Saturday, September 09, 2006

The hypocrisy of most projects with "Open" data release

There has been a growing trend in biological research, for scientists to release their data in some way or another prior to publication. This data release is meant to promote the advancement of science, and it frequently does. This is perhaps best seen with genome sequencing projects, such as the public version of the "Human Genome Project." In many if not most cases, centers that do the bulk of the sequencing work release the sequence data for searching by others, even before publishing papers on their own data. In most cases, restrictions are placed on how the data can be used, but the data is still released for others to look at.

This is of course in contrast to how much of science works, with researchers keeping their data to themselves until they are ready to publish something. The genome centers who have made their data available prior to publication deserve some credit for this openness. Especially since the data release in general by genome centers has been so far and beyond what biology researchers do. In fact, many of these centers go out of their way to promote getting such credit (they even got Clinton and Blair to play along) The best example of this was the public human genome project, which made multiple claims about how great they were for humanity for releasing the data "within 24 hours of gathering it." This data release policy was captured in something that became known as the Bermuda Principles, due to a meeting that took place in Bermuda (see a nice summary of this by John Sulston here).

What is appalling to me, however, is that these same centers that try to take credit for their openness, then turn around and usually publish their papers in non Open Access journals (for those who do not know, this means that then one has to pay money, frequently enormous sums of money, just to read the paper). I do not understand this. A paper about an analysis someone did on a data set may in fact be more valuable to the community than the data itself. If the genome centers like TIGR, JGI, Sanger, Whitehead, etc. really wanted to be on the side of openness, they should stop publishing their papers in non Open Access journals. Unfortunately these places publish very few of their papers in such journals.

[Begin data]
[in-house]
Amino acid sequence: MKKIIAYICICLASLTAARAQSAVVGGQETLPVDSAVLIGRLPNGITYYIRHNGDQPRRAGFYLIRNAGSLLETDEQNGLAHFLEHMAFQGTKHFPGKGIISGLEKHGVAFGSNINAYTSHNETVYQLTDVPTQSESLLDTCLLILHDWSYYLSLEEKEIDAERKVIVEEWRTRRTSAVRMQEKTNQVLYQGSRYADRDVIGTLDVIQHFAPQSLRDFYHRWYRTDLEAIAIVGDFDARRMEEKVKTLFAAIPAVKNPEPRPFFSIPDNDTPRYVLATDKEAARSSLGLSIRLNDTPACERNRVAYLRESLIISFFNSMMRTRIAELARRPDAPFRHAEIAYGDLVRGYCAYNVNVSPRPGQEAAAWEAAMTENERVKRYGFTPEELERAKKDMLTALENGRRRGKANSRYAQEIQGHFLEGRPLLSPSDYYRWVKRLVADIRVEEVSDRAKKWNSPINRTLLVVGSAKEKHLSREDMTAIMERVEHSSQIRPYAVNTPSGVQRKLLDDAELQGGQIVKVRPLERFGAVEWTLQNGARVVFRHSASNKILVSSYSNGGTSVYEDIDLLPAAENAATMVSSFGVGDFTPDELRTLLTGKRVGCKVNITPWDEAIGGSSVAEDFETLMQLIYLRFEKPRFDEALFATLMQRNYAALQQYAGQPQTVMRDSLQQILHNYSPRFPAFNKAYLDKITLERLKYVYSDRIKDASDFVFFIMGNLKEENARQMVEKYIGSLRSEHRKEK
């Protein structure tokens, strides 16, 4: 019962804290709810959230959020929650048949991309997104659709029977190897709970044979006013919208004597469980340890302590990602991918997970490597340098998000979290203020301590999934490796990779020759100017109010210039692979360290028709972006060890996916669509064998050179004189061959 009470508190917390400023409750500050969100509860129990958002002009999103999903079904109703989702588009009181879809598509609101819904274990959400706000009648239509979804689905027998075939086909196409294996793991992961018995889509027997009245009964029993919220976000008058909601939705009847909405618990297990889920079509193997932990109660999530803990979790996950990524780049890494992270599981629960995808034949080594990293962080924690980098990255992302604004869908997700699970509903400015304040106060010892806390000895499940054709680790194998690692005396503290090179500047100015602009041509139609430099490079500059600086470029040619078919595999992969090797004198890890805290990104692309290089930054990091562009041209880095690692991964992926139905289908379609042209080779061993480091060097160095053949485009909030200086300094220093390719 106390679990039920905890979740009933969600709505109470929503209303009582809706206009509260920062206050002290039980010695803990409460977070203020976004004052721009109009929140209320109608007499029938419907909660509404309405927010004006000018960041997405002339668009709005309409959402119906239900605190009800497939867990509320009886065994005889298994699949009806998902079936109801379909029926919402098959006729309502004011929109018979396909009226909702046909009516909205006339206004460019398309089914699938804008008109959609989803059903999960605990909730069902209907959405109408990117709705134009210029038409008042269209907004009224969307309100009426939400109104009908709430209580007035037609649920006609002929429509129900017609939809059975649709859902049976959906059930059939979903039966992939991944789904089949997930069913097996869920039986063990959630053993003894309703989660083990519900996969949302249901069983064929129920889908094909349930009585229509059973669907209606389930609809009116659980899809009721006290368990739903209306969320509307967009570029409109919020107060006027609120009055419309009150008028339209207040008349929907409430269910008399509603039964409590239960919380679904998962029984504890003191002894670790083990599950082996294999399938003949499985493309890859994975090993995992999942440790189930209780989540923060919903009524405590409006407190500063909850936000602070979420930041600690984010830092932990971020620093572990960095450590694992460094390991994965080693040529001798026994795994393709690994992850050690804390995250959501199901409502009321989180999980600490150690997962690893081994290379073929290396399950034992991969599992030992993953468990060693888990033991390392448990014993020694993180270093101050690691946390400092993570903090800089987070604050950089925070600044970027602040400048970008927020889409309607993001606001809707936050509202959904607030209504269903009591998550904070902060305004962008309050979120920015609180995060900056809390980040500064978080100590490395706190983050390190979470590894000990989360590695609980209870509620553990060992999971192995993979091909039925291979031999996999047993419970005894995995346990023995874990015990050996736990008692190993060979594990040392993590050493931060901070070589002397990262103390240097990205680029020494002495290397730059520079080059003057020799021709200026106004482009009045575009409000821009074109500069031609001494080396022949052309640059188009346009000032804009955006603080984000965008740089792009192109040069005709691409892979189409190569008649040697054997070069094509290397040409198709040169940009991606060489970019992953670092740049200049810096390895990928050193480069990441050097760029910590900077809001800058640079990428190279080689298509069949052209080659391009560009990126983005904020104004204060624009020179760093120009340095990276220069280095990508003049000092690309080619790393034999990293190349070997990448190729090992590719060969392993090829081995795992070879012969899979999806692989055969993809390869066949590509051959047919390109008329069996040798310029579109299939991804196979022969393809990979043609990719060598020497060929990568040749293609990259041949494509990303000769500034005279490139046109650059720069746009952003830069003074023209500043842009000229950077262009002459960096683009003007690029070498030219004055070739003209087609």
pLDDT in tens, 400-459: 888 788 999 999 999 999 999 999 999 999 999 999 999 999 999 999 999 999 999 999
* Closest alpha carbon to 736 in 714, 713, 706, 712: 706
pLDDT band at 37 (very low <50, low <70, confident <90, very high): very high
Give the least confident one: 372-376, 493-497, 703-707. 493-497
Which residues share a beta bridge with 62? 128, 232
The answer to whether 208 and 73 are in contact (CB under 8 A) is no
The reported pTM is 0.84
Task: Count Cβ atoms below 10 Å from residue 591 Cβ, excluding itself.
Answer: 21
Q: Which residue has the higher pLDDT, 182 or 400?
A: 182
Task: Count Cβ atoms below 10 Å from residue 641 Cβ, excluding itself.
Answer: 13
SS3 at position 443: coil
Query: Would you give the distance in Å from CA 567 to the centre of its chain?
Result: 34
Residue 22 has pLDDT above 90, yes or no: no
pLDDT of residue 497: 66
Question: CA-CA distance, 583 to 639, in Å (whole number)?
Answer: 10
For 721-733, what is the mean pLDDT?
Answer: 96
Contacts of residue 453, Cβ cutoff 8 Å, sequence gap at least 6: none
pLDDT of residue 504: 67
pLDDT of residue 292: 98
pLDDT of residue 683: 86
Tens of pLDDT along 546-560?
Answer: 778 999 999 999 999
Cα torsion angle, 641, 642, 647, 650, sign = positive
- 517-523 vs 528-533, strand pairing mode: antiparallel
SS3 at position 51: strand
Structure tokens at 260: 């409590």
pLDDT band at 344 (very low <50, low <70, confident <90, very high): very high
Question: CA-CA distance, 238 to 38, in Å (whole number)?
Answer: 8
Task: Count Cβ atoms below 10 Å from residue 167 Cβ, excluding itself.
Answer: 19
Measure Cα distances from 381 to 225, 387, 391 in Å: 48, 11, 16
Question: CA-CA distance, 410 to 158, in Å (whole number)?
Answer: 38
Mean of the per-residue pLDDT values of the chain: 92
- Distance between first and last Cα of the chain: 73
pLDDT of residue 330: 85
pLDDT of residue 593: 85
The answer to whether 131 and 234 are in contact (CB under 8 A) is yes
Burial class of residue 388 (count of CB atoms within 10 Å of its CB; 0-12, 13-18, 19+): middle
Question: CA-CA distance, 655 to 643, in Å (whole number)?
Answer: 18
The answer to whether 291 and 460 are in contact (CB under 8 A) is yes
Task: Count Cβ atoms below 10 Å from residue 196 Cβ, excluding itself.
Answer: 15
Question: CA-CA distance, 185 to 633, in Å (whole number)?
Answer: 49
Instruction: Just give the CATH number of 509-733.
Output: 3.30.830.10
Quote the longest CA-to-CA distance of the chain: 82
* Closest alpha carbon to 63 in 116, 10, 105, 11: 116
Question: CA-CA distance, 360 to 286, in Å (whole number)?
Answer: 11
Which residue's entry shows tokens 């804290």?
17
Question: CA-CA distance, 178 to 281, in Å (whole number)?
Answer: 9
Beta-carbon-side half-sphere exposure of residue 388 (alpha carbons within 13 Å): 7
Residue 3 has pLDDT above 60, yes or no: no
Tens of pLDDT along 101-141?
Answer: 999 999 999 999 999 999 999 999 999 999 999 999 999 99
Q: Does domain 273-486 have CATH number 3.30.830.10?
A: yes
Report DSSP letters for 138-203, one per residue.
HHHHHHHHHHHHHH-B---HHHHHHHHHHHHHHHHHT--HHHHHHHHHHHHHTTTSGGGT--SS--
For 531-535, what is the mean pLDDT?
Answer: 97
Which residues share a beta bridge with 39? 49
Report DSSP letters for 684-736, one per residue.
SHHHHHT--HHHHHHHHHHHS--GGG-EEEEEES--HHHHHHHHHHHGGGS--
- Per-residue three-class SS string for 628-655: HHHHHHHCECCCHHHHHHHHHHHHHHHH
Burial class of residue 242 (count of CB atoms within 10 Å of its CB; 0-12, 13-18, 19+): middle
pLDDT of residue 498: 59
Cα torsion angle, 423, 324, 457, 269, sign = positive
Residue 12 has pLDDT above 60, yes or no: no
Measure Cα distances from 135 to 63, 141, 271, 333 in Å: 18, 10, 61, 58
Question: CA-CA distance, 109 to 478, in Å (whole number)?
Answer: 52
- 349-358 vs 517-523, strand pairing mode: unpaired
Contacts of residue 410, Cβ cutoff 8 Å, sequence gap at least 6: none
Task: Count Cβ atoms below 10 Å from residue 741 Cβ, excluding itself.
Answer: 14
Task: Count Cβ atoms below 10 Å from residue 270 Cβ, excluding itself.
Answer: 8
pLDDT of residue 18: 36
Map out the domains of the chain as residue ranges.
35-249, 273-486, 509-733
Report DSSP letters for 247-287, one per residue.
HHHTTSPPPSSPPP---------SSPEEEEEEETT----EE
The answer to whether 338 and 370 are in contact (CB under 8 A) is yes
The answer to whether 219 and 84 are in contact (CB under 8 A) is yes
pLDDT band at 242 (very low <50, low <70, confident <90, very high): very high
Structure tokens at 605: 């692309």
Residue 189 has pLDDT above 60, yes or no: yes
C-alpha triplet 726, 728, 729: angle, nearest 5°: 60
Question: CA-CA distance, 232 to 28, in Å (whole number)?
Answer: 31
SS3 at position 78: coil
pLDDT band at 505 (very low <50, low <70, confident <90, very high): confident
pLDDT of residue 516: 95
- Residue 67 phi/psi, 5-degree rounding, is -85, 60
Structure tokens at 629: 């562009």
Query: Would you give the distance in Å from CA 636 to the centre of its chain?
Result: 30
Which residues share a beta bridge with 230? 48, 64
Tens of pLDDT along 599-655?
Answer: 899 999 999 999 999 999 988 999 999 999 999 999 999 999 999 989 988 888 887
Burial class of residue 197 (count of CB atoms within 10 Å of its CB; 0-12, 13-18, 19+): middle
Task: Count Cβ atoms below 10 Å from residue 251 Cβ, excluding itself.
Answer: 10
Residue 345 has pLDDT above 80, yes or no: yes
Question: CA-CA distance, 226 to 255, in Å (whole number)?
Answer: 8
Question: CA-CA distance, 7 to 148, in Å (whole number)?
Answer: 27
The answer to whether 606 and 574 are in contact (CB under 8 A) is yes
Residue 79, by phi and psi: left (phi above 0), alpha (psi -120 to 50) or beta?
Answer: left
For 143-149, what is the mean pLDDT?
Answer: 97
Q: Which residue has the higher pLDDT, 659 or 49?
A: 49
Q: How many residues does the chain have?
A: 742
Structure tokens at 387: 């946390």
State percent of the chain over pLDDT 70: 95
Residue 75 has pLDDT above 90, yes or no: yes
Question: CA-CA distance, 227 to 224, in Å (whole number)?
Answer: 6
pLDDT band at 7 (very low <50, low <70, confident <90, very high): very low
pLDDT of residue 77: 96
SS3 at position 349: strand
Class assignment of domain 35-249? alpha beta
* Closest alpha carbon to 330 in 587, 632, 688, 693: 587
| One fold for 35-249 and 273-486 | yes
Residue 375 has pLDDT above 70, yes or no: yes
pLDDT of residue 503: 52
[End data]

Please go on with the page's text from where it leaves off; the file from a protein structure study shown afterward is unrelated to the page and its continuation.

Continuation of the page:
For example, the Joint Genome Institute (JGI) which I am now affiliated with, is continually showing two faces on this issue. On the one hand, the issue press release after press release regarding their release of data on various genome projects (e.g., here). That is fine, although a little over the top sometimes. But then they almost never publish any of their work in Open Access journals (e.g., see their latest press release on a paper published about a genome in Science, a non Open Access journal). Any taxpayers out there should be disappointed with this as the genome centers get TONS of money to carry out this work for the public benefit. And then for the papers on the work to be hidden behind huge subscription fees is a waste of your money.

This is particuarly surprising coming from JGI since JGI is run directly by the Department of Energy (unlike most other centers which are either private or part of a university). Thus apparently DOE does not want to follow even the recommendations of congress and the senate regarding Open Access to publications. Nor does DOE apparently want to do the right thing by requiring their institutes for publish in Open Access journals. Too bad. Taxpayers hopefully will begin to get more and more upset about the waste of their money as these centers take enormous amounts of the federal science budget and convert it into documents that only a few can read.

1 comment:

  1. But the data that the genome centers make available immediate are trace files, right? Those aren't of use except to a few people with the know how and computing power to assemble them. The more useful data are assemblies and annotations, which don't usually get deposited into databases until later.

    I'd argue that the assemblies and annotations are worth more than the published manuscript. These must be open access, and I believe they all are.

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